Sensations
Fact Checked

Anxiety and Ringing in the Ears

Jenna Jarrold, MS, LAC, NCC
Anxiety and Ringing in the Ears

Ringing ears is a common symptom of a variety of conditions. Some experience ringing ears when sick with a cold. Others get ringing ears after listening to loud music. While others seem to get have ringing ears for no reason at all.

Ringing ears is called "tinnitus," and it is an unusual condition that can be caused by a host of different factors, most of which are not considered serious. As many as 50 million people in the United States alone have dealt with ringing ears at some point in their lives, and 12 million of them experience a ringing so pronounced that medical attention is sought.

Many who seek medical attention for their tinnitus find it is connected to anxiety.  This is often confusing for these individuals, as it feels like it does not make sense. What is the relationship of anxiety and ringing in the ears?

Causes of Ringing Ears

If a person experiences ringing ears and it is affecting his or her everyday life, it might be important to see a doctor. This could be related to anxiety, and although anxiety rarely causes a persistent, long term ear ringing, it can, in some cases.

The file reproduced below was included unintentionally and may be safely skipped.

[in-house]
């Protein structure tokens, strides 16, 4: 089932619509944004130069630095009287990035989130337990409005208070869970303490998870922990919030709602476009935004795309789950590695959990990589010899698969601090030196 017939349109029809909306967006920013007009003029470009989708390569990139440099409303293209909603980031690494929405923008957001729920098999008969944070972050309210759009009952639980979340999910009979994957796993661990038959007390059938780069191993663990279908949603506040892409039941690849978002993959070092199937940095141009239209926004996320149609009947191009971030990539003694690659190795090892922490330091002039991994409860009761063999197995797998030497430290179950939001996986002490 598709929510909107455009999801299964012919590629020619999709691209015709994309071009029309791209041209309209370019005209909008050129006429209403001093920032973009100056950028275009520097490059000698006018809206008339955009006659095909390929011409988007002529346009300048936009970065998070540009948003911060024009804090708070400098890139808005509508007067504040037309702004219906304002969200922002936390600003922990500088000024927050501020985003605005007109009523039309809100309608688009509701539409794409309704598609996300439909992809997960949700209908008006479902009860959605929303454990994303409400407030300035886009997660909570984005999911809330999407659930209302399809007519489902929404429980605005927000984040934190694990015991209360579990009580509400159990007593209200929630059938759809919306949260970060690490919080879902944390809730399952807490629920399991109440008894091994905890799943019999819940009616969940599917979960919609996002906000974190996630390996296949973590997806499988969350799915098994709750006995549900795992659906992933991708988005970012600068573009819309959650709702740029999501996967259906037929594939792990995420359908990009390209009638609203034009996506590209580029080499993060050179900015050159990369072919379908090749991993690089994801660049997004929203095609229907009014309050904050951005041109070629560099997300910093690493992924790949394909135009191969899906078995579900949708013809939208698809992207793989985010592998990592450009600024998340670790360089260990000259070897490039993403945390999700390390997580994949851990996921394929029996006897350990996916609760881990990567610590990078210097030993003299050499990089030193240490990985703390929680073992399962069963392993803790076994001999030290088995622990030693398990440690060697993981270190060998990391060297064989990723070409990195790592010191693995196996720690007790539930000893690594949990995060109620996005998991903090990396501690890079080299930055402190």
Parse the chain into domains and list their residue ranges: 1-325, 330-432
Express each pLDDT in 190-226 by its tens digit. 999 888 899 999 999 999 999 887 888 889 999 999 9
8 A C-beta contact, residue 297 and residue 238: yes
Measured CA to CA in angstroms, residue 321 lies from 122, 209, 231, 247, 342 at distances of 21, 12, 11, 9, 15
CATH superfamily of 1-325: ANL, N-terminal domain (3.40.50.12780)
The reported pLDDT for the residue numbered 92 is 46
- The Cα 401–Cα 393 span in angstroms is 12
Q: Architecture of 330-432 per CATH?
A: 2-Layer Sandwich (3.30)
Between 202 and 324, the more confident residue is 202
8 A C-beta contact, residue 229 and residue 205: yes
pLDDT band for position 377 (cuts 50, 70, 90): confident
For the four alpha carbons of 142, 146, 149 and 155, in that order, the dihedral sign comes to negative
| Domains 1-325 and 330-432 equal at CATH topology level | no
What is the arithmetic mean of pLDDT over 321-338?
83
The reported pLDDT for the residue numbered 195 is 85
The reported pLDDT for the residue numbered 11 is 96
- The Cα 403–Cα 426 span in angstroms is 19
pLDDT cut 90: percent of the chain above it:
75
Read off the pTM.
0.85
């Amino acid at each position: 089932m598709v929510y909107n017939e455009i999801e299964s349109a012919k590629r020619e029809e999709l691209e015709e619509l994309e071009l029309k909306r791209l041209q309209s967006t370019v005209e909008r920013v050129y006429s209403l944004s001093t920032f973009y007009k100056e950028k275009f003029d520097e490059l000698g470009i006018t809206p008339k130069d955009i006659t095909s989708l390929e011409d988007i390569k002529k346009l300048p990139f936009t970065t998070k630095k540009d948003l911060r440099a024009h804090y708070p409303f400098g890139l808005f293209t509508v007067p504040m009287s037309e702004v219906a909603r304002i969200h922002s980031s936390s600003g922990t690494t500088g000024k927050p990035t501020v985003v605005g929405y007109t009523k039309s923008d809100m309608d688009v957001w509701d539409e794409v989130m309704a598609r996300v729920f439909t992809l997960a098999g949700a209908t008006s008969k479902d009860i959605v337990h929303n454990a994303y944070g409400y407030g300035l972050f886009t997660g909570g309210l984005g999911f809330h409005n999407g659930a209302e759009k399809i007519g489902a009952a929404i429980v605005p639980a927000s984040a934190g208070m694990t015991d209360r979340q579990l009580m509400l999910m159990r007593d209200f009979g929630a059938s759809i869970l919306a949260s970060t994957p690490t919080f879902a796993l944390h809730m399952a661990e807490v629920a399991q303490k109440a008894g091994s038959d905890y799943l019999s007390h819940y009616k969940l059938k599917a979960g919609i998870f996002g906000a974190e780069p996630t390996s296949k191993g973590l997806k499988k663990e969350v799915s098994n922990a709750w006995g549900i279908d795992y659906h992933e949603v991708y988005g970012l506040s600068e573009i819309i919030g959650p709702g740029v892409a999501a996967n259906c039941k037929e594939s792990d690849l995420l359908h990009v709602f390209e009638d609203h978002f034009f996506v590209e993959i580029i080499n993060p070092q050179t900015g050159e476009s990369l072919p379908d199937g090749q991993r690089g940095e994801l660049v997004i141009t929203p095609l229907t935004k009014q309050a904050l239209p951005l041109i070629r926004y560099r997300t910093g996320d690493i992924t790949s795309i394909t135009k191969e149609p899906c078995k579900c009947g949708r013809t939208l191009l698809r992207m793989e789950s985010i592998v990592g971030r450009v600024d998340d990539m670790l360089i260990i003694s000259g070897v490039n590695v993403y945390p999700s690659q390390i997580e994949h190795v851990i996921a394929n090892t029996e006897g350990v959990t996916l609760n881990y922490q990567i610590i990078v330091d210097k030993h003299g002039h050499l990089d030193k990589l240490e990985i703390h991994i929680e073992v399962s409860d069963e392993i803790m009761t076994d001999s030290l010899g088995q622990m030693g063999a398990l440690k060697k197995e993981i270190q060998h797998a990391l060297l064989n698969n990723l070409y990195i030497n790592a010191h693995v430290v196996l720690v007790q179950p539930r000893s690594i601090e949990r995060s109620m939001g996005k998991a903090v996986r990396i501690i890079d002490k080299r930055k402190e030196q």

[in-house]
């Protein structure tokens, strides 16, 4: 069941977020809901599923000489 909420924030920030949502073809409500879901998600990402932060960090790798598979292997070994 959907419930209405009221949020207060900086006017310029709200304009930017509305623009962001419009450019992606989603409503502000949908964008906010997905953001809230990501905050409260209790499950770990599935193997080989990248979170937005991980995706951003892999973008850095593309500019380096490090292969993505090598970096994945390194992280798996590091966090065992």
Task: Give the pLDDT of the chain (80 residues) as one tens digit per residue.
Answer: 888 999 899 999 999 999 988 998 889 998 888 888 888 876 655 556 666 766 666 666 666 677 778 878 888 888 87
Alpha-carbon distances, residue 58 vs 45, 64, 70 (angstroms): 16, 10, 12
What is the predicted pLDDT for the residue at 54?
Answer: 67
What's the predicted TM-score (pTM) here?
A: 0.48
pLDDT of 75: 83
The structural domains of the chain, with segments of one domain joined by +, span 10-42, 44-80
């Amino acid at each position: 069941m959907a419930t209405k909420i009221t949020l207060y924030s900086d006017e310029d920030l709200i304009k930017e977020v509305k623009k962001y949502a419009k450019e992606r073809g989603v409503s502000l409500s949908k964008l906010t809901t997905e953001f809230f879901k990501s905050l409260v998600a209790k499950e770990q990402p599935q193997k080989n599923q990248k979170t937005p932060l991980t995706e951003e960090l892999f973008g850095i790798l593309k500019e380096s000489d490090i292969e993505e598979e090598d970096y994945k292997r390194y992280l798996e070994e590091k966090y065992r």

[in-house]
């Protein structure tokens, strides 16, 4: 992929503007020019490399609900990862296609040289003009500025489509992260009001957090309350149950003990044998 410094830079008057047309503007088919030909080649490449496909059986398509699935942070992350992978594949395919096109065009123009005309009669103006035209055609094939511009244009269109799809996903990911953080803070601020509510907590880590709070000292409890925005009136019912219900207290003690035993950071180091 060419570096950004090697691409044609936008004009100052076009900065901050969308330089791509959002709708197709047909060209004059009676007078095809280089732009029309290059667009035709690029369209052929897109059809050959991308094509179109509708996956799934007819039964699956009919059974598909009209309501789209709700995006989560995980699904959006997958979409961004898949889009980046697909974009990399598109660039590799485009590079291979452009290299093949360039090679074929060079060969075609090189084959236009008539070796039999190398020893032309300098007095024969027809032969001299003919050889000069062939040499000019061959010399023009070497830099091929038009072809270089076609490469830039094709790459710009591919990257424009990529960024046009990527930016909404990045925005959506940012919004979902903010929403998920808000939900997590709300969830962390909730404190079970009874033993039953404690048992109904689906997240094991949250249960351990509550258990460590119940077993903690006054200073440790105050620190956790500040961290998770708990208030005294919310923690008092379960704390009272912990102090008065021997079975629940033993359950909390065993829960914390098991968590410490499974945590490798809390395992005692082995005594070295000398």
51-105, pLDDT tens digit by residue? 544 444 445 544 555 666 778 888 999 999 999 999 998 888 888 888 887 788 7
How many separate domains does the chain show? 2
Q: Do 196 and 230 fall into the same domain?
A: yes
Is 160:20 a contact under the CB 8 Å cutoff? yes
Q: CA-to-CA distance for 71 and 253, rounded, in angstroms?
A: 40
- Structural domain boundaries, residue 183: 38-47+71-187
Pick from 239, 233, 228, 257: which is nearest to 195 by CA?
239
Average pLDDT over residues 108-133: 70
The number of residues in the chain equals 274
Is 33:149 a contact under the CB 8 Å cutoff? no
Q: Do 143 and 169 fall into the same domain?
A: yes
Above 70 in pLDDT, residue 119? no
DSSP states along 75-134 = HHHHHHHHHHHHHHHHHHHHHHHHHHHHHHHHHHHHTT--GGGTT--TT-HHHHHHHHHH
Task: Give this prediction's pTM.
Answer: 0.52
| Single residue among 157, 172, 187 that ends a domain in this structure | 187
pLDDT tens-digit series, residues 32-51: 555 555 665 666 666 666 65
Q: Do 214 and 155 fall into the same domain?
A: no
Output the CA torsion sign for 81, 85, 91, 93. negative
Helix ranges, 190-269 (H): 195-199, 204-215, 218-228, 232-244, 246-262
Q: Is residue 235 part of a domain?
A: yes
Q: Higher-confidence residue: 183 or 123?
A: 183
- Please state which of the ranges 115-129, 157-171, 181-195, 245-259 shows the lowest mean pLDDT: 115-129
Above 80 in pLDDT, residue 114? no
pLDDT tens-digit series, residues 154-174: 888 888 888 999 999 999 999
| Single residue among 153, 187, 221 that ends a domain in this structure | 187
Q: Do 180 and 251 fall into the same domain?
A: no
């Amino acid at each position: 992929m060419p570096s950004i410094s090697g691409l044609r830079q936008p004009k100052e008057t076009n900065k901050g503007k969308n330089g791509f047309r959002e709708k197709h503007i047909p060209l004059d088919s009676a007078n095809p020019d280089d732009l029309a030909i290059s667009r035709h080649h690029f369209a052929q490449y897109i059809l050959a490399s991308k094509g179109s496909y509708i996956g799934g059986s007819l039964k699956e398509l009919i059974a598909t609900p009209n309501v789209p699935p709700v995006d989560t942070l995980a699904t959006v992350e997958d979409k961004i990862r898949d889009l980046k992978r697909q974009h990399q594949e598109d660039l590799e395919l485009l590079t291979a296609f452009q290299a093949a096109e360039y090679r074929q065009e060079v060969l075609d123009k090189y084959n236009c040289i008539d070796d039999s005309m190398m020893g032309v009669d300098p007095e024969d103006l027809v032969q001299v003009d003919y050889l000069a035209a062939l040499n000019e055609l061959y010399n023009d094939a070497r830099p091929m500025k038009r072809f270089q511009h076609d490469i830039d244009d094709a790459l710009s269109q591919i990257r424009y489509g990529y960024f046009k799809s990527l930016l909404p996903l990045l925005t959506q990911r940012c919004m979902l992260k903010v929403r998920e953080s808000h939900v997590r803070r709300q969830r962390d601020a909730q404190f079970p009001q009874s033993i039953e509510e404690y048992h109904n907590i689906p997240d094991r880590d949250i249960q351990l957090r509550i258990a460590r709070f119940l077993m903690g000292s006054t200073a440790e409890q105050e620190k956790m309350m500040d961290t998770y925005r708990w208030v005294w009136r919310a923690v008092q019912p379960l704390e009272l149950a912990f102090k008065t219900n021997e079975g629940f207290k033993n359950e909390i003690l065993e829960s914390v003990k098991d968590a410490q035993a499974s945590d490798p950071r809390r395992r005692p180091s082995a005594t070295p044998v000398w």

Unfortunately, it seems doctors are still not entirely clear on what causes tinnitus. There are many different theories that have to do with the activation of the follicles within the ear (which contribute to noise sensations) including the potential damaging of the follicles and the energy and blood flow received from the brain. Tinnitus is especially common with both aging and noise related hearing loss, as well as ear infections, and medication side effects.  In a few rare cases, neurological problems may contribute to ringing ears.

How Ringing Ears is Caused By Anxiety

It is very common for there to be no identified underlying cause is found for tinnitus, which can be confusing for those suffering from the tinnitus. Doctors and researchers are aware that anxiety and stress have a relationship to ringing ears, but the nature/cause of that relationship is complicated by the fact that many people can develop tinnitus for no known reason at all.

Generally, most ringing in the ears caused by anxiety is temporary. It tends to occur at the height of a panic attack and then slowly dissipates as the panic attack fades. This leads many to believe that the tinnitus must be caused by some type of blood flow issue or head pressure. Some people experience a sense of “ear fullness” during anxiety attacks, which further contributes to the belief that there is a connection between anxiety and ear health.  

There are several other related theories as well, and it is likely all of these play a role in the link between anxiety and ear ringing:

Oversensitivity

Anxiety can cause two very problematic issues potentially connected to tinnitus. The first is that anxiety can cause an issue known as "hypersensitivity," which is when a person with anxiety becomes extremely aware (hyper-aware) of each and every pain, feeling, or sensation in the body. It is a common problem for those with anxiety attacks and may affect any person with varying levels of anxiety.